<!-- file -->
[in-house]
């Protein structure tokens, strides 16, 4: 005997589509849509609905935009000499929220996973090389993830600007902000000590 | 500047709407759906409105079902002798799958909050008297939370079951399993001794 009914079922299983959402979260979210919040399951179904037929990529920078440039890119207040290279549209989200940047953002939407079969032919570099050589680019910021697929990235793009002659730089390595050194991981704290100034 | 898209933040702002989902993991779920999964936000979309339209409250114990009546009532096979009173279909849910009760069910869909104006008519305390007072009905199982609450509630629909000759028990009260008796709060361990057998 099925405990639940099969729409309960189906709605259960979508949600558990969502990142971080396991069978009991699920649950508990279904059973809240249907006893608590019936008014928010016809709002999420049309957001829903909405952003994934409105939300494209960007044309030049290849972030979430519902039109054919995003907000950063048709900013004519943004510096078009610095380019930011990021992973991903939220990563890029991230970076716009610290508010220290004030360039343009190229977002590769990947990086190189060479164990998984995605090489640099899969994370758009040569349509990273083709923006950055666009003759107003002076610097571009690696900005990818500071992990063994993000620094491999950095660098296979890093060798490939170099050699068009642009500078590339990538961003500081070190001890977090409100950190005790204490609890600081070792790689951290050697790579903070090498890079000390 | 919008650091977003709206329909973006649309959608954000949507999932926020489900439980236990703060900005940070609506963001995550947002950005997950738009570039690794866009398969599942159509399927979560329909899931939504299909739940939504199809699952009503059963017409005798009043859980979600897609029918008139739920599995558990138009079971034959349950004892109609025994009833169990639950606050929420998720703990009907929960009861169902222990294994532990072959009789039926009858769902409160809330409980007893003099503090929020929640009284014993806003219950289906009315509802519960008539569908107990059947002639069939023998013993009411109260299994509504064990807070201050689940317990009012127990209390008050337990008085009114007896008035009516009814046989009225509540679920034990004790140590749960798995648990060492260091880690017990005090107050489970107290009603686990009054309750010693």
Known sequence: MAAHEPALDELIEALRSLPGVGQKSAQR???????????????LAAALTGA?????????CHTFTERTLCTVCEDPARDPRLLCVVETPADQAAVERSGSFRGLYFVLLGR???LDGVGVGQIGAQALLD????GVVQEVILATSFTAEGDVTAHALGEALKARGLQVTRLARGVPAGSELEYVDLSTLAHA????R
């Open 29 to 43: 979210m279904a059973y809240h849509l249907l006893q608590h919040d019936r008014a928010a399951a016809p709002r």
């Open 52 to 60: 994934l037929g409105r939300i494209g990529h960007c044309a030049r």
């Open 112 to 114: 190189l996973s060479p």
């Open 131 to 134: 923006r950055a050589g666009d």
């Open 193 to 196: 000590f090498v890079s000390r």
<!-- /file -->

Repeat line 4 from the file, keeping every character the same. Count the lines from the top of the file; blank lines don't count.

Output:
């Open 29 to 43: 979210m279904a059973y809240h849509l249907l006893q608590h919040d019936r008014a928010a399951a016809p709002r």